The adult and children IAPT services need to continue. But access needs to be widened – only 15% of those who could benefit are getting access. That needs to significantly increase. And too many IAPT services only provide Cognitive Behavioural Therapy. The improvement plan for IAPT back in 2011 said there would be a widening into other modalities like family systemic therapy. That needs to happen.
Why, if the government has been spending a lot more on talking therapies for the last five years, is spending on anti-depressants still going up and up?
Basically because we’re still not matching supply to demand in terms of the number of people with depression, anxiety and other mental illnesses, and IAPT referral isn’t always possible – expanding those services is vital.
Considering all the formal and informal initiatives to improve well-being over the last 30 years, from the massive expansion of anti-depressant use, to the increase in talking therapies – none of that seems to have impacted our national well-being level, which has stayed stubbornly flat since the 1950s. That’s perhaps because when you aggregate up to the national level, only major societal collapses seem to have much statistical impact. Given that, is it practical for governments to set national well-being targets?
If you were to set it as a national target, then no. It’s important to collect that data, it’s important to look at it. What we say in our report is we need more granular and local statistics, to help guide Health and Well-Being Boards and to measure the impact of services. The other thing we published yesterday was the UK’s first ever Atlas of Variation in terms of factors that underlie good or bad mental health – it shows stark variations.
What can government do to improve well-being-at-work?
It can take a lead in improving practice within public sector organizations. There are a number of available frameworks, such as Mindful Employer, which uses mindfulness; there’s the MIND mental health-friendly employer framework. So public sector organizations could use them, and government could use procurement processes to set standards.
Secondly, we think the work programme needs to change. It’s been a failure when it comes to people with mental health problems. Only 5000 of the 125000 who have been supported into work by the work programme have mental health problems, yet we know that some individual placement support schemes work. Employment should be seen as a clinical outcome. We also think that Access to Work could play a bigger part – only a very small number of people with mental health problems get any support to enable them to carry on at work or return to work.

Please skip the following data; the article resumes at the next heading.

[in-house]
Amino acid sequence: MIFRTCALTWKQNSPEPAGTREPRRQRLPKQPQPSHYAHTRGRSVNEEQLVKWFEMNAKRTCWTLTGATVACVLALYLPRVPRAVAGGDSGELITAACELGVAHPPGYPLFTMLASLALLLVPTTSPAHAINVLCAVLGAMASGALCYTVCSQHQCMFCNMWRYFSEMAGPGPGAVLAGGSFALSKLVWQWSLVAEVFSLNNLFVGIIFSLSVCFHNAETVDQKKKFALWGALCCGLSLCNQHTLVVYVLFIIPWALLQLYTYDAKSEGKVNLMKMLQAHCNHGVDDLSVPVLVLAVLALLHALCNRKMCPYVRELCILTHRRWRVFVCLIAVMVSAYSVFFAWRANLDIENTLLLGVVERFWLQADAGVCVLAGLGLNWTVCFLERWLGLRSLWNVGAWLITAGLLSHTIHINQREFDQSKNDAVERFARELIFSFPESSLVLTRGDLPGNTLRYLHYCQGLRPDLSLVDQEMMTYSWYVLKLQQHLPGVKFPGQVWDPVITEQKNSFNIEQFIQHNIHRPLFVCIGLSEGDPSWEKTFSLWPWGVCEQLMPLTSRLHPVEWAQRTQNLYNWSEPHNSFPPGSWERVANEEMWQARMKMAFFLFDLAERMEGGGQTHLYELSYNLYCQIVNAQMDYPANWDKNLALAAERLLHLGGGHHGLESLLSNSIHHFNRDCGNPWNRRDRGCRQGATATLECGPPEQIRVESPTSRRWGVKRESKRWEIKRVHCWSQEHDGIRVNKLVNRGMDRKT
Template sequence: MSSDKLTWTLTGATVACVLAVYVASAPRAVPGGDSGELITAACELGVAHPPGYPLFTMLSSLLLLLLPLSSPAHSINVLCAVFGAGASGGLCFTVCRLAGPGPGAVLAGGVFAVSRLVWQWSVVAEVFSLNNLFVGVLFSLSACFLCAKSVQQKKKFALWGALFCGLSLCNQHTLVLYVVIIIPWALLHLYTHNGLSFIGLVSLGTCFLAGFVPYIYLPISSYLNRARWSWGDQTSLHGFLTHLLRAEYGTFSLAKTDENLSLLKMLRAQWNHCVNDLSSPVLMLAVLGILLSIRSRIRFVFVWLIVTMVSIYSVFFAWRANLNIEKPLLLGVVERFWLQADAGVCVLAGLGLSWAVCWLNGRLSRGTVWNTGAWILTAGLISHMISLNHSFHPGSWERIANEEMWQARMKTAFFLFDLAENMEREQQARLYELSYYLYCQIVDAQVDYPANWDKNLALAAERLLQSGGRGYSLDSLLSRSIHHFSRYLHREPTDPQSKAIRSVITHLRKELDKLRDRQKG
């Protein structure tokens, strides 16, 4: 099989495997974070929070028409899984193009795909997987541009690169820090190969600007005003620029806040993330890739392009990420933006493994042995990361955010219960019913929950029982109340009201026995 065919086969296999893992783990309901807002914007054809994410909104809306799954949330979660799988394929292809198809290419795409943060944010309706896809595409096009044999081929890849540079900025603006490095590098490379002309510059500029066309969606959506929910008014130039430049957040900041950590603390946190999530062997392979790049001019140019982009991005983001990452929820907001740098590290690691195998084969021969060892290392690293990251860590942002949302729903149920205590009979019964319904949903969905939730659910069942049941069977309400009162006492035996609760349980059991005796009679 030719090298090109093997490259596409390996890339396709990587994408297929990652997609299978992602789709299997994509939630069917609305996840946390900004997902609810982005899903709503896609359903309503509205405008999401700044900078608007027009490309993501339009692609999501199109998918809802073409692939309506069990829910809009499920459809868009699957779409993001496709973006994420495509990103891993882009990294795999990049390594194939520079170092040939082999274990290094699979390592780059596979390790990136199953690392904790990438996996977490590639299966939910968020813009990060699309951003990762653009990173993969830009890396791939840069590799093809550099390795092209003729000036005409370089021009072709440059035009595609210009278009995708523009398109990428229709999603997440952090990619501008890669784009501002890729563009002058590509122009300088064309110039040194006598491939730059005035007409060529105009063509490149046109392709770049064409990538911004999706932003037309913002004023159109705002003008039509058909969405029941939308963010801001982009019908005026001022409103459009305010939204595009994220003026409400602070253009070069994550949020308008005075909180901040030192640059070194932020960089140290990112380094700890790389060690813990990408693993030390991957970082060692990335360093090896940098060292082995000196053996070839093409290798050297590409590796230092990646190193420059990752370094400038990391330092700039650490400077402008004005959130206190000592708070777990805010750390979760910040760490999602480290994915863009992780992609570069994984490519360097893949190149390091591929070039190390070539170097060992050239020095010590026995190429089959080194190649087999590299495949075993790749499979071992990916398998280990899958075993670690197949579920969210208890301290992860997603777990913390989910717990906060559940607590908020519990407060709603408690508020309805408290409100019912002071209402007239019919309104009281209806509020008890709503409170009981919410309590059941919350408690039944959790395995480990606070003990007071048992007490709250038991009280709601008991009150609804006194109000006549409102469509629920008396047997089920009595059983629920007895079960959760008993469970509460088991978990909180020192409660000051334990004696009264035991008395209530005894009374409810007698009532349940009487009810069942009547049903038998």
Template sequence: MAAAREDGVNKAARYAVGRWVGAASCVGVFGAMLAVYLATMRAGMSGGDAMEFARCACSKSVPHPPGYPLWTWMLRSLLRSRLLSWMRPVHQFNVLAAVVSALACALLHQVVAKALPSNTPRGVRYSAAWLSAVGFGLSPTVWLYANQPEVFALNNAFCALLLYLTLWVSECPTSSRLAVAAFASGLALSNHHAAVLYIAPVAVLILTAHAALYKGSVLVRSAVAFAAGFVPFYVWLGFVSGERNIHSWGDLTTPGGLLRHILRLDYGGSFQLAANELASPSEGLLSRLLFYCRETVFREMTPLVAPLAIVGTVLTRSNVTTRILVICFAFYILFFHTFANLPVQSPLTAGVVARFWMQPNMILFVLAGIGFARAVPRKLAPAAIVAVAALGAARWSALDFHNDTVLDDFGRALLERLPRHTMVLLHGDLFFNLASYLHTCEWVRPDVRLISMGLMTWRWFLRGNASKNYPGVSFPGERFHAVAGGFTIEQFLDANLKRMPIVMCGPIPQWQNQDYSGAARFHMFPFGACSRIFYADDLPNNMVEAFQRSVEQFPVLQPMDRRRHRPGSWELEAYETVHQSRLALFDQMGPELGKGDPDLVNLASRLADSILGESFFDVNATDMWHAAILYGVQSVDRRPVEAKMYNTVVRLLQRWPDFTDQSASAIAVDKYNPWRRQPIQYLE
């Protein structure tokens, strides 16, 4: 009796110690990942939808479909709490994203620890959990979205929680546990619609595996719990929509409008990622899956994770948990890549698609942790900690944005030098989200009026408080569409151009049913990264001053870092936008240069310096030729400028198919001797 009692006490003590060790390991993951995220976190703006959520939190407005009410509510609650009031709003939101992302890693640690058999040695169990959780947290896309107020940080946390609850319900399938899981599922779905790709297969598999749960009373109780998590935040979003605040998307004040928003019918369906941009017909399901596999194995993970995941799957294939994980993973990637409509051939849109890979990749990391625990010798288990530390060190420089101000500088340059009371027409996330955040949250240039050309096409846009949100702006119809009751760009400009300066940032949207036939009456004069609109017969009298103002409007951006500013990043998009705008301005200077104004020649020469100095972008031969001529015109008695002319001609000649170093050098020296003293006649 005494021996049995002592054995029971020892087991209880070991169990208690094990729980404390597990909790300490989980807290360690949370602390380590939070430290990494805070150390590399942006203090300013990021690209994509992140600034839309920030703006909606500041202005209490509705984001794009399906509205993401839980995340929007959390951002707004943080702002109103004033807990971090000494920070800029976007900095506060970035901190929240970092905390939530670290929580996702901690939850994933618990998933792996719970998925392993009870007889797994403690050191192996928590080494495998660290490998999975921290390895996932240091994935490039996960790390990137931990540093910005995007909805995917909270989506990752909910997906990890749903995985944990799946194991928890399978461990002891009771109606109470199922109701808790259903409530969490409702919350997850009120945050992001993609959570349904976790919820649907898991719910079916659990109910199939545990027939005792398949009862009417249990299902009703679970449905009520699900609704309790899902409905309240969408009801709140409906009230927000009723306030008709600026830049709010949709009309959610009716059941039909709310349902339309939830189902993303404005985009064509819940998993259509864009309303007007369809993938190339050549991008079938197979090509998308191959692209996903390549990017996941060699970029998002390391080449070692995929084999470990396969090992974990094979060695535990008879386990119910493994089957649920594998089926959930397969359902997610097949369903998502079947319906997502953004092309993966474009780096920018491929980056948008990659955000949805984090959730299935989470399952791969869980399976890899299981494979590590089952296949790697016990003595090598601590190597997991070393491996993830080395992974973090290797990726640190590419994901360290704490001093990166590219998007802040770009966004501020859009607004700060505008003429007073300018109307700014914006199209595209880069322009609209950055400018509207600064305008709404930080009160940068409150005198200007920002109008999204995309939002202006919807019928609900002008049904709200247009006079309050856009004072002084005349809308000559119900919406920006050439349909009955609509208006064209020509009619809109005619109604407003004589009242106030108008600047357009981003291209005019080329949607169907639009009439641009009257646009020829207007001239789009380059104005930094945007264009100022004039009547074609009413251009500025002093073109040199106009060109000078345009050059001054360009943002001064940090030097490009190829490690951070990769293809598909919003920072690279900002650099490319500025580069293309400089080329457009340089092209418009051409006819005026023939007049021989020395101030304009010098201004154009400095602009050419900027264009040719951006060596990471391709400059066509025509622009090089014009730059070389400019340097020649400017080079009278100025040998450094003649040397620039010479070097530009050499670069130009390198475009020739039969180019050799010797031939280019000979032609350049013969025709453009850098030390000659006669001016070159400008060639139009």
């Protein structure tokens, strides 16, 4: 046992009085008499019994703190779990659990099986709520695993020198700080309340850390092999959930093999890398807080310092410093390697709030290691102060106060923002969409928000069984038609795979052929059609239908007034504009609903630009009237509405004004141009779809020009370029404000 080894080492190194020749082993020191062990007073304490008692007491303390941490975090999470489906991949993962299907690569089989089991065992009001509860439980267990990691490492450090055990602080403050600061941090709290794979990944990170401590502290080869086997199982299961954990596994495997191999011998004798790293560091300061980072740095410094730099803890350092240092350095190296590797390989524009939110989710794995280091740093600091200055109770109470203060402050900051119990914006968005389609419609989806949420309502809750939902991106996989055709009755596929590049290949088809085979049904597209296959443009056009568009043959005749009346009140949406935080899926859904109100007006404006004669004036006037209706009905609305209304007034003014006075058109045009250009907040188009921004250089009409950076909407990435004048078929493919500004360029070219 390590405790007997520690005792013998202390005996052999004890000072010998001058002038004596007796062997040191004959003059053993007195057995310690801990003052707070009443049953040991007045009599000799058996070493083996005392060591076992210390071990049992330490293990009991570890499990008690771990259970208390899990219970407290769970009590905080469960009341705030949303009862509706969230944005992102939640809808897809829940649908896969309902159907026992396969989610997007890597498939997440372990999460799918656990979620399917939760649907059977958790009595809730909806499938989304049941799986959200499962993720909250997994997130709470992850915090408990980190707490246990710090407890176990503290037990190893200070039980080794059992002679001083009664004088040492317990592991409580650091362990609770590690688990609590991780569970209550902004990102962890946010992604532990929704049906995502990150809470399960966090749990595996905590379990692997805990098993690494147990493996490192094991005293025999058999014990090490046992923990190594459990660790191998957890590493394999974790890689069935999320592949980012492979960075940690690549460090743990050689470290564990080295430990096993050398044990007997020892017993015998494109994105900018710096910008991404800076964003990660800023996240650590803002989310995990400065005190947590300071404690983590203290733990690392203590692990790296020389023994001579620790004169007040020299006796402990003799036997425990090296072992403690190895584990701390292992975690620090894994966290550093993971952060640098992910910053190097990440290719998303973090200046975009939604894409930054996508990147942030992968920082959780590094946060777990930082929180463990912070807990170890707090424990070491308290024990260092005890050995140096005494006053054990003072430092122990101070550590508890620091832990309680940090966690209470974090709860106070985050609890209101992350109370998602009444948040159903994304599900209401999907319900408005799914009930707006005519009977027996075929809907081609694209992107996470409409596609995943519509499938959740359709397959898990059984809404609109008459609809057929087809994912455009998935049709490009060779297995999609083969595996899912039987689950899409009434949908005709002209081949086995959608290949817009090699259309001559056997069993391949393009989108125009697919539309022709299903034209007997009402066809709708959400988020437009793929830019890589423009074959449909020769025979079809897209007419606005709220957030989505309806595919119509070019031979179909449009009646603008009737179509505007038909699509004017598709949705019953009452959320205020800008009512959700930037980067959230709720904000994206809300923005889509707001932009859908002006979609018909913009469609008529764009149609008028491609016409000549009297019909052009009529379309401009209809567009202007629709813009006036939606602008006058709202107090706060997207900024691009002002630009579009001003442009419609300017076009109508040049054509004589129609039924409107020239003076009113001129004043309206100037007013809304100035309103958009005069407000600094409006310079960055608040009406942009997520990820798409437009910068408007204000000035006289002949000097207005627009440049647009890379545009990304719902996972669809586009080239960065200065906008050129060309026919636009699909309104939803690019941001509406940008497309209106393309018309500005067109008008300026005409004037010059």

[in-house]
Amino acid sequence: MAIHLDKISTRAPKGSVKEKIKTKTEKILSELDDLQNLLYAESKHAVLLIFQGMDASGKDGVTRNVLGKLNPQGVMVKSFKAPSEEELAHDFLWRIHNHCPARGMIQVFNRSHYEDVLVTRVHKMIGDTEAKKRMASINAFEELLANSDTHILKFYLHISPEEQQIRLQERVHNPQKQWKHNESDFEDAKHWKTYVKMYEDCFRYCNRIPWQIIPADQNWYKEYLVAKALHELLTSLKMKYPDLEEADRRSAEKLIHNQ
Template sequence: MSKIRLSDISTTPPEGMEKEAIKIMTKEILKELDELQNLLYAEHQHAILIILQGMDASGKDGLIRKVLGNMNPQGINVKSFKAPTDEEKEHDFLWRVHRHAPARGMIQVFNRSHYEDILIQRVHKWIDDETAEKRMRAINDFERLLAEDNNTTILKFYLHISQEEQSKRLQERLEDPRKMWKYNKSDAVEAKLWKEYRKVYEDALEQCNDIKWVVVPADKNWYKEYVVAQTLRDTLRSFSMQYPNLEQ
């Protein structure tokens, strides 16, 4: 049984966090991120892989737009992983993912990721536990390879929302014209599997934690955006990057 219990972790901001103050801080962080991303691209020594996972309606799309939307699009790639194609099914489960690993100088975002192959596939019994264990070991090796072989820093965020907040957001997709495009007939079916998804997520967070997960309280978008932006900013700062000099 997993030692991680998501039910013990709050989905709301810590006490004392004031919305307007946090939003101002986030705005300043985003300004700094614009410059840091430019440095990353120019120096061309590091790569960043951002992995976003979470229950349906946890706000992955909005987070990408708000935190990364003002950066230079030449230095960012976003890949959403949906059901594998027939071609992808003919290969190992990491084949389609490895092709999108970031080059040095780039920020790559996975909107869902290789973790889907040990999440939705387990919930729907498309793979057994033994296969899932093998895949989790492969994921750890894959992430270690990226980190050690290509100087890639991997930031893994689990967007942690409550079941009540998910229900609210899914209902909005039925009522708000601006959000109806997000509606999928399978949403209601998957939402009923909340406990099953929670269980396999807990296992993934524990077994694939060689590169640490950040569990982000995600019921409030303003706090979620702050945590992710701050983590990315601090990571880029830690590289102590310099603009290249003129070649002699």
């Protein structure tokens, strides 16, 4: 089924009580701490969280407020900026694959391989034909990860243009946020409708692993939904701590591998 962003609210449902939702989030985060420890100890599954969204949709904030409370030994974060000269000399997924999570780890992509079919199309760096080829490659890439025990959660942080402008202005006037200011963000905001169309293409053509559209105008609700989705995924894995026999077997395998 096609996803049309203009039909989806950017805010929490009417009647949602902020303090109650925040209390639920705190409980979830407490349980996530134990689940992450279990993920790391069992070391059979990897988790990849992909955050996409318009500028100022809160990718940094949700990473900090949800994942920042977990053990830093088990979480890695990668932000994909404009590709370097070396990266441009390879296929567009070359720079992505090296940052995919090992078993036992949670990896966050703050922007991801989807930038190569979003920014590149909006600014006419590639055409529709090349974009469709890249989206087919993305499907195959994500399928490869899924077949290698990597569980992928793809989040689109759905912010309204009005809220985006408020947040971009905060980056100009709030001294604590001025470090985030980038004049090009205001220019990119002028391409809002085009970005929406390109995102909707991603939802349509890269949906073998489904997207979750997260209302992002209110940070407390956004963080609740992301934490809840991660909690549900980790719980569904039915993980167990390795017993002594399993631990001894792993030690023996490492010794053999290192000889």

The president of the Faculty of Public Health recently said we should move to four-day working weeks to reduce stress. What do you think?
It’s not about the quantity of time, it’s the quality of the job. So we wouldn’t support that.
What about more online resources? Both IAPT and Public Health England are trying to improve people’s psycho-education, to help them learn how to take care of themselves. But I don’t see much in the way of really good public health sites or even Massive Open Online Courses, that could bring mental health education to life in an entertaining and engaging way.
It’s a good question. Public Health England has a leadership role in this area, and is currently piloting some stuff.
Two final questions on the politics of well-being. Firstly, some people feel the government is overstepping the proper bounds of the liberal state when it tries to tell us how to be happy. What do you think?
If the intention was to tell people how to be happy, that would be overstepping. That’s not what this is about. When I was care minister and responsible for the Care Act, that Act has as its first organizing principle the notion of individual well-being. At the heart of that is the idea that the individual is the best judge of what their own well-being consists of. Well-being is a very liberal concept – it’s not about telling people what they must do to promote their own happiness, but it is about recognizing barriers to well-being. The state has a role in terms of removing barriers and providing education to help people realize their well-being.
But there are perhaps broader cultural issues underlying the amount of depression and anxiety in our society, which the NHS is not well-placed to handle – I mean a general loss of a sense of meaning or purpose, and a decline in the sense of community. Over the last century or more, we’ve seen the decline of two grand narratives from which people drew meaning and community – religion, and political party or trade union membership. The modern consumer state seems good at providing short-term happiness, but not so good at giving people a more long-term sense of meaning, purpose and community. And that’s not something the NHS can really tackle, is it?
Well, that’s not an easy last question. What I’d say about that is, the NHS can’t do it all. It’s a reflection of the society it’s in. One of the things that good primary care is about is not just seeing the world through a medical lens. It’s about seeing the broader picture of the whole person and the community they’re in. We talk in the report about the role of primary care changing, and GPs having a role in mental and behavioural health, and linking individuals up to community services. It’s not about the state or GPs telling people what should be provided, but also tapping into what’s already there.
And how can GPs keep quality control of community groups. Some of them might be culty or extremist or teaching people things that aren’t good for them. How do you keep quality control?
Sandwell is a good example – they keep a hub which enables GPs to respond to concerns. It’s about providing information and then letting people choose what they take up. The state can’t be the agency that gives the seal of approval to every community group out there, especially ones not funded by the state.